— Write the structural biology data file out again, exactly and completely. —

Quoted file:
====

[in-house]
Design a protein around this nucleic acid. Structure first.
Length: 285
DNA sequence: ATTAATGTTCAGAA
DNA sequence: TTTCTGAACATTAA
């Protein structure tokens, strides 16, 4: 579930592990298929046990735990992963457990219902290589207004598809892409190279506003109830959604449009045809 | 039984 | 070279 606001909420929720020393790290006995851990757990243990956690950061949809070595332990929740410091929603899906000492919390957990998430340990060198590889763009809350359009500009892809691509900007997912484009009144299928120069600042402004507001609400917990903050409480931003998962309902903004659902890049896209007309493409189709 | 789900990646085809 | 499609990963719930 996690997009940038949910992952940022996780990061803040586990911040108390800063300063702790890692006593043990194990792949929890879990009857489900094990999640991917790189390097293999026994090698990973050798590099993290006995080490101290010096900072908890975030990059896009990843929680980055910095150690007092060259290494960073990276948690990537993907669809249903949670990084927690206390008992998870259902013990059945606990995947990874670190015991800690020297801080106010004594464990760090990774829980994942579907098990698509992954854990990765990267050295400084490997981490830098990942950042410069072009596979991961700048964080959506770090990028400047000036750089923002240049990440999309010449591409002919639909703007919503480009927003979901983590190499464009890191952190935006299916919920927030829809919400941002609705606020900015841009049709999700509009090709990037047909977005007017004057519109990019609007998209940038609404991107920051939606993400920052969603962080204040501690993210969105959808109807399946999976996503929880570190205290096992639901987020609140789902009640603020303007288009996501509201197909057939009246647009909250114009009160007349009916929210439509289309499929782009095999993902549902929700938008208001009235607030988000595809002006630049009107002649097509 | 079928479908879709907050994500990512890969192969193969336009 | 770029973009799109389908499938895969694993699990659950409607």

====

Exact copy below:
[in-house]
Design a protein around this nucleic acid. Structure first.
Length: 285
DNA sequence: ATTAATGTTCAGAA
DNA sequence: TTTCTGAACATTAA
């Protein structure tokens, strides 16, 4: 579930592990298929046990735990992963457990219902290589207004598809892409190279506003109830959604449009045809 | 039984 | 070279 606001909420929720020393790290006995851990757990243990956690950061949809070595332990929740410091929603899906000492919390957990998430340990060198590889763009809350359009500009892809691509900007997912484009009144299928120069600042402004507001609400917990903050409480931003998962309902903004659902890049896209007309493409189709 | 789900990646085809 | 499609990963719930 996690997009940038949910992952940022996780990061803040586990911040108390800063300063702790890692006593043990194990792949929890879990009857489900094990999640991917790189390097293999026994090698990973050798590099993290006995080490101290010096900072908890975030990059896009990843929680980055910095150690007092060259290494960073990276948690990537993907669809249903949670990084927690206390008992998870259902013990059945606990995947990874670190015991800690020297801080106010004594464990760090990774829980994942579907098990698509992954854990990765990267050295400084490997981490830098990942950042410069072009596979991961700048964080959506770090990028400047000036750089923002240049990440999309010449591409002919639909703007919503480009927003979901983590190499464009890191952190935006299916919920927030829809919400941002609705606020900015841009049709999700509009090709990037047909977005007017004057519109990019609007998209940038609404991107920051939606993400920052969603962080204040501690993210969105959808109807399946999976996503929880570190205290096992639901987020609140789902009640603020303007288009996501509201197909057939009246647009909250114009009160007349009916929210439509289309499929782009095999993902549902929700938008208001009235607030988000595809002006630049009107002649097509 | 079928479908879709907050994500990512890969192969193969336009 | 770029973009799109389908499938895969694993699990659950409607």